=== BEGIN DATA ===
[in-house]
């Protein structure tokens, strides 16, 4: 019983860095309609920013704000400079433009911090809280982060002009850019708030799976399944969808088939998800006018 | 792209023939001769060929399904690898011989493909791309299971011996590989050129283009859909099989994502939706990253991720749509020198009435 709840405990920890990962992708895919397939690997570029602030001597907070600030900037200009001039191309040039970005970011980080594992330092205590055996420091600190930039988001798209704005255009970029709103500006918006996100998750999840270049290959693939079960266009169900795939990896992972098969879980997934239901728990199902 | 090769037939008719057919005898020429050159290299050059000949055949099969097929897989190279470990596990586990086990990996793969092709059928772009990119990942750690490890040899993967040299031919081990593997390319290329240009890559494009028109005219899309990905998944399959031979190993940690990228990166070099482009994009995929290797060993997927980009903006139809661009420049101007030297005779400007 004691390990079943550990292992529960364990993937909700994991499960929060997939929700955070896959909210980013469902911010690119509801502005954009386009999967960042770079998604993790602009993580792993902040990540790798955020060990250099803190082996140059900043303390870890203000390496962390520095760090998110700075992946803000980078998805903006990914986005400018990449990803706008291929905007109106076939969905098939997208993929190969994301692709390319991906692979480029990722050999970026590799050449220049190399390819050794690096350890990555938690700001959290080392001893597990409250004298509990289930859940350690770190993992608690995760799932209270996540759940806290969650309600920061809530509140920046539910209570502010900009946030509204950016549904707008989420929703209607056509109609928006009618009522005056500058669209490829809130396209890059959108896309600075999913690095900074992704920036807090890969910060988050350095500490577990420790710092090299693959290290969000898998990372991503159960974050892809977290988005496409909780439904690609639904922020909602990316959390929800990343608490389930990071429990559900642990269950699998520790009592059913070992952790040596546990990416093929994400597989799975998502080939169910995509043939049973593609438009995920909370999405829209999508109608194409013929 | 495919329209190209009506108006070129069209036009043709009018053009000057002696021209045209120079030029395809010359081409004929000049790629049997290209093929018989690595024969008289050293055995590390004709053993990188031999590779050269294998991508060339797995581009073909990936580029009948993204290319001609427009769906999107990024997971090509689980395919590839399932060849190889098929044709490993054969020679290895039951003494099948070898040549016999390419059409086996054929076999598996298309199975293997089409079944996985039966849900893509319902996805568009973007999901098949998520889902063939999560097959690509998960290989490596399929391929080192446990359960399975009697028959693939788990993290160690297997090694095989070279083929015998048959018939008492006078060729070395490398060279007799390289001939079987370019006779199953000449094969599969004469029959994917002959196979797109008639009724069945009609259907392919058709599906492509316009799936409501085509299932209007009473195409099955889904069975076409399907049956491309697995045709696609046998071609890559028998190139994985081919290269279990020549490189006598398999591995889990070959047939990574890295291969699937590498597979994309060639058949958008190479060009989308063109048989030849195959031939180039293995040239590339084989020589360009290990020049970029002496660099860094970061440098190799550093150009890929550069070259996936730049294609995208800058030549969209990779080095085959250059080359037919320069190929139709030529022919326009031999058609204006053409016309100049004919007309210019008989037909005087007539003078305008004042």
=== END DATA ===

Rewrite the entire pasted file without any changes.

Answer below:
[in-house]
């Protein structure tokens, strides 16, 4: 019983860095309609920013704000400079433009911090809280982060002009850019708030799976399944969808088939998800006018 | 792209023939001769060929399904690898011989493909791309299971011996590989050129283009859909099989994502939706990253991720749509020198009435 709840405990920890990962992708895919397939690997570029602030001597907070600030900037200009001039191309040039970005970011980080594992330092205590055996420091600190930039988001798209704005255009970029709103500006918006996100998750999840270049290959693939079960266009169900795939990896992972098969879980997934239901728990199902 | 090769037939008719057919005898020429050159290299050059000949055949099969097929897989190279470990596990586990086990990996793969092709059928772009990119990942750690490890040899993967040299031919081990593997390319290329240009890559494009028109005219899309990905998944399959031979190993940690990228990166070099482009994009995929290797060993997927980009903006139809661009420049101007030297005779400007 004691390990079943550990292992529960364990993937909700994991499960929060997939929700955070896959909210980013469902911010690119509801502005954009386009999967960042770079998604993790602009993580792993902040990540790798955020060990250099803190082996140059900043303390870890203000390496962390520095760090998110700075992946803000980078998805903006990914986005400018990449990803706008291929905007109106076939969905098939997208993929190969994301692709390319991906692979480029990722050999970026590799050449220049190399390819050794690096350890990555938690700001959290080392001893597990409250004298509990289930859940350690770190993992608690995760799932209270996540759940806290969650309600920061809530509140920046539910209570502010900009946030509204950016549904707008989420929703209607056509109609928006009618009522005056500058669209490829809130396209890059959108896309600075999913690095900074992704920036807090890969910060988050350095500490577990420790710092090299693959290290969000898998990372991503159960974050892809977290988005496409909780439904690609639904922020909602990316959390929800990343608490389930990071429990559900642990269950699998520790009592059913070992952790040596546990990416093929994400597989799975998502080939169910995509043939049973593609438009995920909370999405829209999508109608194409013929 | 495919329209190209009506108006070129069209036009043709009018053009000057002696021209045209120079030029395809010359081409004929000049790629049997290209093929018989690595024969008289050293055995590390004709053993990188031999590779050269294998991508060339797995581009073909990936580029009948993204290319001609427009769906999107990024997971090509689980395919590839399932060849190889098929044709490993054969020679290895039951003494099948070898040549016999390419059409086996054929076999598996298309199975293997089409079944996985039966849900893509319902996805568009973007999901098949998520889902063939999560097959690509998960290989490596399929391929080192446990359960399975009697028959693939788990993290160690297997090694095989070279083929015998048959018939008492006078060729070395490398060279007799390289001939079987370019006779199953000449094969599969004469029959994917002959196979797109008639009724069945009609259907392919058709599906492509316009799936409501085509299932209007009473195409099955889904069975076409399907049956491309697995045709696609046998071609890559028998190139994985081919290269279990020549490189006598398999591995889990070959047939990574890295291969699937590498597979994309060639058949958008190479060009989308063109048989030849195959031939180039293995040239590339084989020589360009290990020049970029002496660099860094970061440098190799550093150009890929550069070259996936730049294609995208800058030549969209990779080095085959250059080359037919320069190929139709030529022919326009031999058609204006053409016309100049004919007309210019008989037909005087007539003078305008004042």